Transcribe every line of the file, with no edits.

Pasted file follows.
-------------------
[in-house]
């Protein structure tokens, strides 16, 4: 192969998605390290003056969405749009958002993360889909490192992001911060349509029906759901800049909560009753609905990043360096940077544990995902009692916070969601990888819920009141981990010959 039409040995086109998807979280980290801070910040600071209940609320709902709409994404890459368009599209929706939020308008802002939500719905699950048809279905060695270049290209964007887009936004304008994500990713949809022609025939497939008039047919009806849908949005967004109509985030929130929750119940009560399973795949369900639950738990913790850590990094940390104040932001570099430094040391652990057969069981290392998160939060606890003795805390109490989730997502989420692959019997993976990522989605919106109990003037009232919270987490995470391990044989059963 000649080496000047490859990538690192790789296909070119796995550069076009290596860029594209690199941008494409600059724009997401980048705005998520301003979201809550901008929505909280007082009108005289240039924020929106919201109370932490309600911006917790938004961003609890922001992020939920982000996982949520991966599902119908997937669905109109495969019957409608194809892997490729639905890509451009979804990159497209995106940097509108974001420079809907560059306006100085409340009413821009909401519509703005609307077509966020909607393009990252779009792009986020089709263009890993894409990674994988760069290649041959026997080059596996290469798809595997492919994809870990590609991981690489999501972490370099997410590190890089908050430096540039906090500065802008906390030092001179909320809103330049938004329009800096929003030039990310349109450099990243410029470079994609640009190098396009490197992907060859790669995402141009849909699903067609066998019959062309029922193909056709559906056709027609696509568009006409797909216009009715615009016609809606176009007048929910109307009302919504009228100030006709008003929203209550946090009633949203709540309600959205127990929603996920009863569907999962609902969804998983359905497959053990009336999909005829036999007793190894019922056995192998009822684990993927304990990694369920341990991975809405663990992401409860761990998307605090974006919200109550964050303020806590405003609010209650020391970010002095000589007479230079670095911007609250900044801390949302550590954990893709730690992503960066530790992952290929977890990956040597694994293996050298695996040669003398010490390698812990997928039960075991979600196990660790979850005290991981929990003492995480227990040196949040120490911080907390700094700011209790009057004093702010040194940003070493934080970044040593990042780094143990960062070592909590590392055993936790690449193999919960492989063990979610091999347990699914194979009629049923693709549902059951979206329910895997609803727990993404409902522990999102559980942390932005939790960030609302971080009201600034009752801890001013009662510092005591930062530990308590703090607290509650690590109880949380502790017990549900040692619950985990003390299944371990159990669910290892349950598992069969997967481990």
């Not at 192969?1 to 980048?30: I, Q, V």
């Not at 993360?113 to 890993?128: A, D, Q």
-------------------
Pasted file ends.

[in-house]
């Protein structure tokens, strides 16, 4: 192969998605390290003056969405749009958002993360889909490192992001911060349509029906759901800049909560009753609905990043360096940077544990995902009692916070969601990888819920009141981990010959 039409040995086109998807979280980290801070910040600071209940609320709902709409994404890459368009599209929706939020308008802002939500719905699950048809279905060695270049290209964007887009936004304008994500990713949809022609025939497939008039047919009806849908949005967004109509985030929130929750119940009560399973795949369900639950738990913790850590990094940390104040932001570099430094040391652990057969069981290392998160939060606890003795805390109490989730997502989420692959019997993976990522989605919106109990003037009232919270987490995470391990044989059963 000649080496000047490859990538690192790789296909070119796995550069076009290596860029594209690199941008494409600059724009997401980048705005998520301003979201809550901008929505909280007082009108005289240039924020929106919201109370932490309600911006917790938004961003609890922001992020939920982000996982949520991966599902119908997937669905109109495969019957409608194809892997490729639905890509451009979804990159497209995106940097509108974001420079809907560059306006100085409340009413821009909401519509703005609307077509966020909607393009990252779009792009986020089709263009890993894409990674994988760069290649041959026997080059596996290469798809595997492919994809870990590609991981690489999501972490370099997410590190890089908050430096540039906090500065802008906390030092001179909320809103330049938004329009800096929003030039990310349109450099990243410029470079994609640009190098396009490197992907060859790669995402141009849909699903067609066998019959062309029922193909056709559906056709027609696509568009006409797909216009009715615009016609809606176009007048929910109307009302919504009228100030006709008003929203209550946090009633949203709540309600959205127990929603996920009863569907999962609902969804998983359905497959053990009336999909005829036999007793190894019922056995192998009822684990993927304990990694369920341990991975809405663990992401409860761990998307605090974006919200109550964050303020806590405003609010209650020391970010002095000589007479230079670095911007609250900044801390949302550590954990893709730690992503960066530790992952290929977890990956040597694994293996050298695996040669003398010490390698812990997928039960075991979600196990660790979850005290991981929990003492995480227990040196949040120490911080907390700094700011209790009057004093702010040194940003070493934080970044040593990042780094143990960062070592909590590392055993936790690449193999919960492989063990979610091999347990699914194979009629049923693709549902059951979206329910895997609803727990993404409902522990999102559980942390932005939790960030609302971080009201600034009752801890001013009662510092005591930062530990308590703090607290509650690590109880949380502790017990549900040692619950985990003390299944371990159990669910290892349950598992069969997967481990």
């Not at 192969?1 to 980048?30: I, Q, V």
């Not at 993360?113 to 890993?128: A, D, Q």